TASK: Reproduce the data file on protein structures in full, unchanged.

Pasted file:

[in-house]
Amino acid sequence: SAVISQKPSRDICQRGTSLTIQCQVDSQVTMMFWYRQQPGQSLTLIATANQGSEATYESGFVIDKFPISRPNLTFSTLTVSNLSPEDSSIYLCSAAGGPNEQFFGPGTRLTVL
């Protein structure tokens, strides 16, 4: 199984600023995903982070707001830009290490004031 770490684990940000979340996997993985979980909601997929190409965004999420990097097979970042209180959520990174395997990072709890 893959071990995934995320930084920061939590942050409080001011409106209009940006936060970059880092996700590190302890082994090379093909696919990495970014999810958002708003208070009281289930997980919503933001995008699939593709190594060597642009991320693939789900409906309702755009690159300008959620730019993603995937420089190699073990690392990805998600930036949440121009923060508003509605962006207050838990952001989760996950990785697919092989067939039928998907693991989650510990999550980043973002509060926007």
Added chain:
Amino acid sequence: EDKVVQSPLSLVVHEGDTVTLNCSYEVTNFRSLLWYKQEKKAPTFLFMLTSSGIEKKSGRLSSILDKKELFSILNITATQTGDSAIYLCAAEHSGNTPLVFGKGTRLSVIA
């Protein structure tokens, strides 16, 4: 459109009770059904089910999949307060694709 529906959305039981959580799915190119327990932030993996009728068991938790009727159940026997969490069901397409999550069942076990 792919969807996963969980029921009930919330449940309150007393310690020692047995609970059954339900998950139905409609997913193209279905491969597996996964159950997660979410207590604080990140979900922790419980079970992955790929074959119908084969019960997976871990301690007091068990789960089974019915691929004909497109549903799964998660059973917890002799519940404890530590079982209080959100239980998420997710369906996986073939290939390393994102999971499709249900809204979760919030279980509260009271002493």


[in-house]
Amino acid sequence: SAVISQKPSRDICQRGTSLTIQCQVDSQVTMMFWYRQQPGQSLTLIATANQGSEATYESGFVIDKFPISRPNLTFSTLTVSNLSPEDSSIYLCSAAGGPNEQFFGPGTRLTVL
């Protein structure tokens, strides 16, 4: 199984600023995903982070707001830009290490004031 770490684990940000979340996997993985979980909601997929190409965004999420990097097979970042209180959520990174395997990072709890 893959071990995934995320930084920061939590942050409080001011409106209009940006936060970059880092996700590190302890082994090379093909696919990495970014999810958002708003208070009281289930997980919503933001995008699939593709190594060597642009991320693939789900409906309702755009690159300008959620730019993603995937420089190699073990690392990805998600930036949440121009923060508003509605962006207050838990952001989760996950990785697919092989067939039928998907693991989650510990999550980043973002509060926007």
Added chain:
Amino acid sequence: EDKVVQSPLSLVVHEGDTVTLNCSYEVTNFRSLLWYKQEKKAPTFLFMLTSSGIEKKSGRLSSILDKKELFSILNITATQTGDSAIYLCAAEHSGNTPLVFGKGTRLSVIA
């Protein structure tokens, strides 16, 4: 459109009770059904089910999949307060694709 529906959305039981959580799915190119327990932030993996009728068991938790009727159940026997969490069901397409999550069942076990 792919969807996963969980029921009930919330449940309150007393310690020692047995609970059954339900998950139905409609997913193209279905491969597996996964159950997660979410207590604080990140979900922790419980079970992955790929074959119908084969019960997976871990301690007091068990789960089974019915691929004909497109549903799964998660059973917890002799519940404890530590079982209080959100239980998420997710369906996986073939290939390393994102999971499709249900809204979760919030279980509260009271002493």